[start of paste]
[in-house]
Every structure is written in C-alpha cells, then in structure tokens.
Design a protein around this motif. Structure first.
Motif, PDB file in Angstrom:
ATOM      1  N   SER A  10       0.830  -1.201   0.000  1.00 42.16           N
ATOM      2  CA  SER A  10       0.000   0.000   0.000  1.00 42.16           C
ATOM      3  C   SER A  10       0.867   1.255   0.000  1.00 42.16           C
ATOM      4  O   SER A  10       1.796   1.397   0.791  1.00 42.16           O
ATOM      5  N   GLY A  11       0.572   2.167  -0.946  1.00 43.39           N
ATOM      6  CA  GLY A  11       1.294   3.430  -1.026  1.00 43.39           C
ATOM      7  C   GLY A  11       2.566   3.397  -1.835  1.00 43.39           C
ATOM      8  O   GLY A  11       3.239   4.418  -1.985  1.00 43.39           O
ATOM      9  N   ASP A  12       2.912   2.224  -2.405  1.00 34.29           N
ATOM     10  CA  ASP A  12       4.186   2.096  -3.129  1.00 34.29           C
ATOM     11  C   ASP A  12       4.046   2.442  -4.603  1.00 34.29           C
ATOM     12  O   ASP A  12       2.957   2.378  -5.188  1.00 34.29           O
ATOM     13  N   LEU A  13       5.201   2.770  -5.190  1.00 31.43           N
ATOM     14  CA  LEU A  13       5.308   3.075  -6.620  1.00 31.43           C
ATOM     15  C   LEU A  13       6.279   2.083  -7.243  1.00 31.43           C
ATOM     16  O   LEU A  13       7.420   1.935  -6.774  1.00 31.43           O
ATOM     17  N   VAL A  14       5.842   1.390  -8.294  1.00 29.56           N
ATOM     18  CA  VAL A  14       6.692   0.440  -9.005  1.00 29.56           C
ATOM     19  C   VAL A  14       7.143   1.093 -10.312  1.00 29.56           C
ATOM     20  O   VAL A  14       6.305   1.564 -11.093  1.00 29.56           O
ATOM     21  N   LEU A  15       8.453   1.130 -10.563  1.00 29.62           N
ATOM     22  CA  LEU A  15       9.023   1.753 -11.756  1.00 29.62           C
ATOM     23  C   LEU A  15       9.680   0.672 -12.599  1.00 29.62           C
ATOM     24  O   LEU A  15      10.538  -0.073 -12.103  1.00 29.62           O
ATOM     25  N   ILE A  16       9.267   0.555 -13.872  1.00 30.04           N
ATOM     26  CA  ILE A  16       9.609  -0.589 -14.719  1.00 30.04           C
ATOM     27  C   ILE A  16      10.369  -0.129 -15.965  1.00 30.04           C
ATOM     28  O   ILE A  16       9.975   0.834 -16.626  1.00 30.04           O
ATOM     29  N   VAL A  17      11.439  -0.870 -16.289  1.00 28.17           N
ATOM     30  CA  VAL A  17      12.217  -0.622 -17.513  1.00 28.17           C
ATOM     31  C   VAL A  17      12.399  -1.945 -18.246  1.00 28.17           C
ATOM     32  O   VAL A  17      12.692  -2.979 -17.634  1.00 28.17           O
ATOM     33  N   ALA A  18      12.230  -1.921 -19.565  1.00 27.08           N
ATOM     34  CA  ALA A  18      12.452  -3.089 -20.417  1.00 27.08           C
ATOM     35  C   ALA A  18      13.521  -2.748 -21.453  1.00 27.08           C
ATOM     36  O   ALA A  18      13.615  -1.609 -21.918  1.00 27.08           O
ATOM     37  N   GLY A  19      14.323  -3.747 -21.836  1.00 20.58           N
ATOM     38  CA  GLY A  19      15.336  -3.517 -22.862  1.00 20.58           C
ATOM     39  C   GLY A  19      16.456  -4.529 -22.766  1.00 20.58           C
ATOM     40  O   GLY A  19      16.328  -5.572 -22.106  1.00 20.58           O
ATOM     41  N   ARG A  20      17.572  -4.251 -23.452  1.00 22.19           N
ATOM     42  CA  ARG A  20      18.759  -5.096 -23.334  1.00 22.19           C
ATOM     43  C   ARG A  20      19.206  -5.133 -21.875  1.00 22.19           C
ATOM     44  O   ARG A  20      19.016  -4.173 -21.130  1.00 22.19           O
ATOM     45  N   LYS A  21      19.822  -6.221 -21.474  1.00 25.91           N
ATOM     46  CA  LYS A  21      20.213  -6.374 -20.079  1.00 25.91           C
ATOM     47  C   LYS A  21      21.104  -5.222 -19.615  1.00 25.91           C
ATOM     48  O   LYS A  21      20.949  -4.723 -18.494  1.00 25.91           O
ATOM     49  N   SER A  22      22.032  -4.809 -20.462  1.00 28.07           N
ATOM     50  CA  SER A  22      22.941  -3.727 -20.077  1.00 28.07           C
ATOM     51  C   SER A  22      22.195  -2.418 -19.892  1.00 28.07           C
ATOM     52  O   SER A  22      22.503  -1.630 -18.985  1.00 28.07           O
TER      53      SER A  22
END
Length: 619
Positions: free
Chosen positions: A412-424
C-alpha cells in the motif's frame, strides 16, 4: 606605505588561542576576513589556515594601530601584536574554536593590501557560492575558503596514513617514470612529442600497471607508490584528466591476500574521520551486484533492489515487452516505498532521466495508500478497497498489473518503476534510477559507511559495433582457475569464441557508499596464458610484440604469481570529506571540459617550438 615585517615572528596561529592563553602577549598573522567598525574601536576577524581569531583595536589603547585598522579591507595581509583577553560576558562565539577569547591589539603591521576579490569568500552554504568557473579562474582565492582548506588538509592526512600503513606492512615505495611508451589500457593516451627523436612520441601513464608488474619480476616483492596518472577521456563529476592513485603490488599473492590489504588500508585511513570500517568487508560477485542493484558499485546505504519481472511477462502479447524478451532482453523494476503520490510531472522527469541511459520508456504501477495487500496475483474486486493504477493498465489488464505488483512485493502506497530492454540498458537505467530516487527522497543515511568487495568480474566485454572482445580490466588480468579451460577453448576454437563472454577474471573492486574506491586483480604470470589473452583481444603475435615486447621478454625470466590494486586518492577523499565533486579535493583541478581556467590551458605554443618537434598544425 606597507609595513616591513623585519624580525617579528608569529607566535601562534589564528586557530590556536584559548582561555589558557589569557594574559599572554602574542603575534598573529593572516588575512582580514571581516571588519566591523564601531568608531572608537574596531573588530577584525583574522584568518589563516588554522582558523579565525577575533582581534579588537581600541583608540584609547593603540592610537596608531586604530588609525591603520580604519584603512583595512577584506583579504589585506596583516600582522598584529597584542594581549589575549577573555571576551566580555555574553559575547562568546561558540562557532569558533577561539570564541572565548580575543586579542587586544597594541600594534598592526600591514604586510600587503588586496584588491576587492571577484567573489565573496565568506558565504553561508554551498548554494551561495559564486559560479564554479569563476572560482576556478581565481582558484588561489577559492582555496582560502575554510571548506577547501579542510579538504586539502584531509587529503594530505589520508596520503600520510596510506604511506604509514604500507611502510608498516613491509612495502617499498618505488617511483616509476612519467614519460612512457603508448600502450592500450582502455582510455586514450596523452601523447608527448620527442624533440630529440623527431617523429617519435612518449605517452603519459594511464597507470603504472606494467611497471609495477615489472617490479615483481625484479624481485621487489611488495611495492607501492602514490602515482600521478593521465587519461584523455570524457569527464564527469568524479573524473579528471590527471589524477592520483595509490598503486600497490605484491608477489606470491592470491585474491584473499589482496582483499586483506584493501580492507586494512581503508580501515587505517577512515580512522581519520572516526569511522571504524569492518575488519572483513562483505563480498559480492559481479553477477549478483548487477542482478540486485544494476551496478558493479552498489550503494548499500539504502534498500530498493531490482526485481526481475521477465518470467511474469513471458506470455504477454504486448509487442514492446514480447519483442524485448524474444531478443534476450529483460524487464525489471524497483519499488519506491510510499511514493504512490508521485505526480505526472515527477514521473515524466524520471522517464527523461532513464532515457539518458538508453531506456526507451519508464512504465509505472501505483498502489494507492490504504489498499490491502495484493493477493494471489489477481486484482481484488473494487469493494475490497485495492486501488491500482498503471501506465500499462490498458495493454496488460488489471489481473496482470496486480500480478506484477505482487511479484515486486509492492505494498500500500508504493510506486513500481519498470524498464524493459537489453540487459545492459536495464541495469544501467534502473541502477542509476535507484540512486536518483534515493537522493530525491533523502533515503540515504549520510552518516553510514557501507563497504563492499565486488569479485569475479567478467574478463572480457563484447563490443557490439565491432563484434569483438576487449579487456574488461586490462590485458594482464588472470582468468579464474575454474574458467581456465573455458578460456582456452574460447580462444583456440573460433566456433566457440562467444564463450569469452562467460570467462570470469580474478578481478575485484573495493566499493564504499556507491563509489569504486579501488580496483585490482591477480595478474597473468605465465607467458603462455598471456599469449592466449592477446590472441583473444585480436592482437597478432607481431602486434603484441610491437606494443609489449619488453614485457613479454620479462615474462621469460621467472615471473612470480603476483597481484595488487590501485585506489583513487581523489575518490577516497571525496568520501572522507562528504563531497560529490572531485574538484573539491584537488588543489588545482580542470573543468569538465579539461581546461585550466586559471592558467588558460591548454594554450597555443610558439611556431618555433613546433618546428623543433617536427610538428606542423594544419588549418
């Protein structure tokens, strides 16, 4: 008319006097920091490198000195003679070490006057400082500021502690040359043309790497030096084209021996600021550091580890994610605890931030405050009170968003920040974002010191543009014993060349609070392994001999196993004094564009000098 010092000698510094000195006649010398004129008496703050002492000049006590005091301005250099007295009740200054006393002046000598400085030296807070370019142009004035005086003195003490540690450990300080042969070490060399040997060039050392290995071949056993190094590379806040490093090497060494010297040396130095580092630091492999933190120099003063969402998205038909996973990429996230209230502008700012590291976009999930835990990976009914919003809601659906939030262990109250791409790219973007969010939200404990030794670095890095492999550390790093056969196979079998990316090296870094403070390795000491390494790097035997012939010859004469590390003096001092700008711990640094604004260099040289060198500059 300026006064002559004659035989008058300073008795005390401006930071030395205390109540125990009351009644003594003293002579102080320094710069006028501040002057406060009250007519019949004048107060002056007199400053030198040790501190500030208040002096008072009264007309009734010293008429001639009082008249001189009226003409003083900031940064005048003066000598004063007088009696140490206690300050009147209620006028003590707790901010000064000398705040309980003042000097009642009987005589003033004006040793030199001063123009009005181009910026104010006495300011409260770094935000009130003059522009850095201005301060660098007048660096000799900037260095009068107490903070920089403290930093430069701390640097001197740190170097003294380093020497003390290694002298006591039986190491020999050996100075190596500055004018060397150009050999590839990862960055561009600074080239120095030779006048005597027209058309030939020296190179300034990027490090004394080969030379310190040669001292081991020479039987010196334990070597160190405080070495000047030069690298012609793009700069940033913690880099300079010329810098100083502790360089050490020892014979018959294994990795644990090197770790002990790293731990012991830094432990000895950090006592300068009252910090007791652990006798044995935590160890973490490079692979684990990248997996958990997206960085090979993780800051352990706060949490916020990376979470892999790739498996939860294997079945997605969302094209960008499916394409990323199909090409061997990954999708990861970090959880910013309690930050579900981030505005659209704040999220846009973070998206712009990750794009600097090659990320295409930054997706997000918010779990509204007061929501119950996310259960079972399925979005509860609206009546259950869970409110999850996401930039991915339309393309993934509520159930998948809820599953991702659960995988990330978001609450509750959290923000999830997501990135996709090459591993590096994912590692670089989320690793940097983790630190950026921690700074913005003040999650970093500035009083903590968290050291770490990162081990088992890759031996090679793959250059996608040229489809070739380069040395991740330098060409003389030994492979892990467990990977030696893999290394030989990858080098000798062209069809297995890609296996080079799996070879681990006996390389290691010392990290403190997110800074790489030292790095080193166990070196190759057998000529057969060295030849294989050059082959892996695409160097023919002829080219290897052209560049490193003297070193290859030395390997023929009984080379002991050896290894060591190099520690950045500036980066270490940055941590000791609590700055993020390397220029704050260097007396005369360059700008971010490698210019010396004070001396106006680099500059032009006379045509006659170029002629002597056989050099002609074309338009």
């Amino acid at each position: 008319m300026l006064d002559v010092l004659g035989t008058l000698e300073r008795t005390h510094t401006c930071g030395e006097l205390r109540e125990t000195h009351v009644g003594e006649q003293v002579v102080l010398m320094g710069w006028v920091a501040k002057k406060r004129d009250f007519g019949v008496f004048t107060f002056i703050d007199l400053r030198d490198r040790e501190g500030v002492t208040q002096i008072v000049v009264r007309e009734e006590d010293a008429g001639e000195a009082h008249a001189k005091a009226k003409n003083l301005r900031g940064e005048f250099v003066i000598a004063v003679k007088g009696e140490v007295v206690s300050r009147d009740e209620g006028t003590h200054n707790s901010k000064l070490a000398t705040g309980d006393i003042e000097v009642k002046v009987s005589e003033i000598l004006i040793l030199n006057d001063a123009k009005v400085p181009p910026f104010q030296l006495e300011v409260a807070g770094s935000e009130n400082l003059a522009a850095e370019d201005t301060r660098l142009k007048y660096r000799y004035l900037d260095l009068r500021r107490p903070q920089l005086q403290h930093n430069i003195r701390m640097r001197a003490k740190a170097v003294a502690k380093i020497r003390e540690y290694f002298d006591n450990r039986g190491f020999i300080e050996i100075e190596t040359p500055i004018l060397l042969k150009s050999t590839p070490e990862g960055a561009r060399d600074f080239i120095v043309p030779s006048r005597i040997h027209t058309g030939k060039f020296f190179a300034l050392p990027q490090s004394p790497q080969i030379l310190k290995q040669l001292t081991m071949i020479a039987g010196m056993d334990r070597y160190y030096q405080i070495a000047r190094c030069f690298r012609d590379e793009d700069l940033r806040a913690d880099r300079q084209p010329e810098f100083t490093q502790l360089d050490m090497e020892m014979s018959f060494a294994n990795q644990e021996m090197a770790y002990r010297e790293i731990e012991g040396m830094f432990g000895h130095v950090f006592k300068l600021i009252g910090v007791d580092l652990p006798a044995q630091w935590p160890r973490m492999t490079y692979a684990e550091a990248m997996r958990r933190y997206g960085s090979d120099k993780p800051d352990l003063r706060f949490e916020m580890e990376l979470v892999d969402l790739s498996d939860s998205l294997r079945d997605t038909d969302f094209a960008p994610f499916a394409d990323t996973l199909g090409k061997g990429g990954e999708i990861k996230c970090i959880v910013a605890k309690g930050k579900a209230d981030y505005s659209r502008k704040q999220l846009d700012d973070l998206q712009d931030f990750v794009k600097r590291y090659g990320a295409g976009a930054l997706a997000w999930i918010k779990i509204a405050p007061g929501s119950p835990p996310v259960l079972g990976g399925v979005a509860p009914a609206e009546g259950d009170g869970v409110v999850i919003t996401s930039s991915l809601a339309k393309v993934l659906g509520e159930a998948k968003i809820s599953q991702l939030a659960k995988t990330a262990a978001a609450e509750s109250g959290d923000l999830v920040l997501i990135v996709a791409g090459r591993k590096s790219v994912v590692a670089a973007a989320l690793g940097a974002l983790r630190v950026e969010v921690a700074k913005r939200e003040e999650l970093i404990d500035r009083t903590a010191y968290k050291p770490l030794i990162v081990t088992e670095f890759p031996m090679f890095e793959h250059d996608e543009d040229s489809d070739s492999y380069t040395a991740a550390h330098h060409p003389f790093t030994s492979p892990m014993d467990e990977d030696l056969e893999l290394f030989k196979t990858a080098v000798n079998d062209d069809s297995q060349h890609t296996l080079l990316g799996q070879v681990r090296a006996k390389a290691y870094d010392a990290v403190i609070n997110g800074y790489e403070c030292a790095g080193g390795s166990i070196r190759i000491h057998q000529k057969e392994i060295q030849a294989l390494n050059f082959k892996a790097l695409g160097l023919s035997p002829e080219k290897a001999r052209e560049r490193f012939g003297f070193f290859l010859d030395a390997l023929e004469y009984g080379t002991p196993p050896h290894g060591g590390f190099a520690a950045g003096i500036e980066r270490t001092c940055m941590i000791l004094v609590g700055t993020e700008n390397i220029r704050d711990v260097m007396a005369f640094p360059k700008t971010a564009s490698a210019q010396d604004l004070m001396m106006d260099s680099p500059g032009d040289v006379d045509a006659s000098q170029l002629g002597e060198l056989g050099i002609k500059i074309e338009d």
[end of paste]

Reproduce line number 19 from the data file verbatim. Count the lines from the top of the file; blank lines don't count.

ATOM     15  C   LEU A  13       6.279   2.083  -7.243  1.00 31.43           C